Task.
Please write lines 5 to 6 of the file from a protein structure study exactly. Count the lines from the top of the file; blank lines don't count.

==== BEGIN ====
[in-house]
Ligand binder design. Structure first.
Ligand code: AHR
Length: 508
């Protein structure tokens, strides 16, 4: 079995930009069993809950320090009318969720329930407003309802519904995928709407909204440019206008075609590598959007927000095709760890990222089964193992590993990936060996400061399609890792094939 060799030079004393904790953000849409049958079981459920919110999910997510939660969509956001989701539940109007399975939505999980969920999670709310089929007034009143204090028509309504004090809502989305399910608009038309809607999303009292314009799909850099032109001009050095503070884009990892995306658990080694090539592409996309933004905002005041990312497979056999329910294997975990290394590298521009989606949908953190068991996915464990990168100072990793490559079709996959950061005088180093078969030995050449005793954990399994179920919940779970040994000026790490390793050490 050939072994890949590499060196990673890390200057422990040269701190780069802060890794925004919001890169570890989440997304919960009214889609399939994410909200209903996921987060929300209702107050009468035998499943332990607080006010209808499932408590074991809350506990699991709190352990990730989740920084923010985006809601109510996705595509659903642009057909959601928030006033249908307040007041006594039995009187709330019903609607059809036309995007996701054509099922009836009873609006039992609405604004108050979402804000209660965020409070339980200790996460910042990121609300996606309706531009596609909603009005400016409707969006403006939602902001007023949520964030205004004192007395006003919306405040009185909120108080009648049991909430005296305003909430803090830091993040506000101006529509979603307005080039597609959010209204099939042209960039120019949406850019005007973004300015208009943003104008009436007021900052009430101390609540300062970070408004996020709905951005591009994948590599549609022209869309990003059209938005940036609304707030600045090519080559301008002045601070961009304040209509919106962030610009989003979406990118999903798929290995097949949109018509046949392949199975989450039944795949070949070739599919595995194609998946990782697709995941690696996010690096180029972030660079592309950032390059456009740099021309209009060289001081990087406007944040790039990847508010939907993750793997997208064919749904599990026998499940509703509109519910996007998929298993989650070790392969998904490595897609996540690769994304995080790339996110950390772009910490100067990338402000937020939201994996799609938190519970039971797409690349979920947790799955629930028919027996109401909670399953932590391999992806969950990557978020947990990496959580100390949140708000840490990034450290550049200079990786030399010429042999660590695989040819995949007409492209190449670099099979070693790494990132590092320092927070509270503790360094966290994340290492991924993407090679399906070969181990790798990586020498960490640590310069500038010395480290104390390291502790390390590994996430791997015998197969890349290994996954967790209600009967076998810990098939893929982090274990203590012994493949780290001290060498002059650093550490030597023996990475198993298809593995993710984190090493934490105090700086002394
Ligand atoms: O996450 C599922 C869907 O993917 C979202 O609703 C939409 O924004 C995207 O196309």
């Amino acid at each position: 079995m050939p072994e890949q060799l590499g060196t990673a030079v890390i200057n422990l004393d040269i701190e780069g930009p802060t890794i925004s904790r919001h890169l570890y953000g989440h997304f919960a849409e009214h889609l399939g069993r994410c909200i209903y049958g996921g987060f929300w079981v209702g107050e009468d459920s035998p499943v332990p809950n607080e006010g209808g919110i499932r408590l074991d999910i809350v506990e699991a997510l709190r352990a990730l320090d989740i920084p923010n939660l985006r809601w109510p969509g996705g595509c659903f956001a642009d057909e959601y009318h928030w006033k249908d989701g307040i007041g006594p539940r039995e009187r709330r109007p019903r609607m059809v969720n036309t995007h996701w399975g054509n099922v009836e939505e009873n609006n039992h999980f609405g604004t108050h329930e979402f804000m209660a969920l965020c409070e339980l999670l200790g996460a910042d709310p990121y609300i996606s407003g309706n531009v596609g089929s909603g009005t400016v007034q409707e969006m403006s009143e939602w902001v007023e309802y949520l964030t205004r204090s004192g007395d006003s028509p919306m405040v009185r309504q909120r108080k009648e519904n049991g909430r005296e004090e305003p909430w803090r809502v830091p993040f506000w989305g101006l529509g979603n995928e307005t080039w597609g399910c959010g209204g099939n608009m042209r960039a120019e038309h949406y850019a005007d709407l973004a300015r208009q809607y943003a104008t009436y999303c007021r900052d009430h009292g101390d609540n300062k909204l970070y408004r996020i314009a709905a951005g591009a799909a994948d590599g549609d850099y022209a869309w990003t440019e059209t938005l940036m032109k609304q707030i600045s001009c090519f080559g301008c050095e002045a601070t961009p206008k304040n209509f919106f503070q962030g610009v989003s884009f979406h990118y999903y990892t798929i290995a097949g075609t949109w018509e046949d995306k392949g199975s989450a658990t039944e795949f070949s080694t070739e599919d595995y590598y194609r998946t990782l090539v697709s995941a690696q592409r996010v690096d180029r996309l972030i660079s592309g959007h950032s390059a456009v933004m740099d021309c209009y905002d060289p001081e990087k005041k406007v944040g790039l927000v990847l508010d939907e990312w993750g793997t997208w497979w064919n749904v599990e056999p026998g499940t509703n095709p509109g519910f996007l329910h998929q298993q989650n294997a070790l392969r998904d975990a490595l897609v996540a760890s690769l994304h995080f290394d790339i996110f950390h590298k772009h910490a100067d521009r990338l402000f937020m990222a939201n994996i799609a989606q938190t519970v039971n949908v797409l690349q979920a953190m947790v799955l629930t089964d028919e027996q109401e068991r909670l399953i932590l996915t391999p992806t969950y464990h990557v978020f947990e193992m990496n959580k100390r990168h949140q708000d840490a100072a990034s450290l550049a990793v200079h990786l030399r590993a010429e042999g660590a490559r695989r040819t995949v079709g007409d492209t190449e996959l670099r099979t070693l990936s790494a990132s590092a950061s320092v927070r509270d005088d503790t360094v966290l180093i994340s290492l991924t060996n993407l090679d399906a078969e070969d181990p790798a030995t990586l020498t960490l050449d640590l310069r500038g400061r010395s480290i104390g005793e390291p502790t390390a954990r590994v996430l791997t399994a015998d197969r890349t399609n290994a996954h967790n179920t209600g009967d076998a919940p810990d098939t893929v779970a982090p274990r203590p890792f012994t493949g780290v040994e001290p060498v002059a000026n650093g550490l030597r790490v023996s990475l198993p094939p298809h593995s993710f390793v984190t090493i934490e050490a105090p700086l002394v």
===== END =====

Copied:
């Protein structure tokens, strides 16, 4: 079995930009069993809950320090009318969720329930407003309802519904995928709407909204440019206008075609590598959007927000095709760890990222089964193992590993990936060996400061399609890792094939 060799030079004393904790953000849409049958079981459920919110999910997510939660969509956001989701539940109007399975939505999980969920999670709310089929007034009143204090028509309504004090809502989305399910608009038309809607999303009292314009799909850099032109001009050095503070884009990892995306658990080694090539592409996309933004905002005041990312497979056999329910294997975990290394590298521009989606949908953190068991996915464990990168100072990793490559079709996959950061005088180093078969030995050449005793954990399994179920919940779970040994000026790490390793050490 050939072994890949590499060196990673890390200057422990040269701190780069802060890794925004919001890169570890989440997304919960009214889609399939994410909200209903996921987060929300209702107050009468035998499943332990607080006010209808499932408590074991809350506990699991709190352990990730989740920084923010985006809601109510996705595509659903642009057909959601928030006033249908307040007041006594039995009187709330019903609607059809036309995007996701054509099922009836009873609006039992609405604004108050979402804000209660965020409070339980200790996460910042990121609300996606309706531009596609909603009005400016409707969006403006939602902001007023949520964030205004004192007395006003919306405040009185909120108080009648049991909430005296305003909430803090830091993040506000101006529509979603307005080039597609959010209204099939042209960039120019949406850019005007973004300015208009943003104008009436007021900052009430101390609540300062970070408004996020709905951005591009994948590599549609022209869309990003059209938005940036609304707030600045090519080559301008002045601070961009304040209509919106962030610009989003979406990118999903798929290995097949949109018509046949392949199975989450039944795949070949070739599919595995194609998946990782697709995941690696996010690096180029972030660079592309950032390059456009740099021309209009060289001081990087406007944040790039990847508010939907993750793997997208064919749904599990026998499940509703509109519910996007998929298993989650070790392969998904490595897609996540690769994304995080790339996110950390772009910490100067990338402000937020939201994996799609938190519970039971797409690349979920947790799955629930028919027996109401909670399953932590391999992806969950990557978020947990990496959580100390949140708000840490990034450290550049200079990786030399010429042999660590695989040819995949007409492209190449670099099979070693790494990132590092320092927070509270503790360094966290994340290492991924993407090679399906070969181990790798990586020498960490640590310069500038010395480290104390390291502790390390590994996430791997015998197969890349290994996954967790209600009967076998810990098939893929982090274990203590012994493949780290001290060498002059650093550490030597023996990475198993298809593995993710984190090493934490105090700086002394
Ligand atoms: O996450 C599922 C869907 O993917 C979202 O609703 C939409 O924004 C995207 O196309």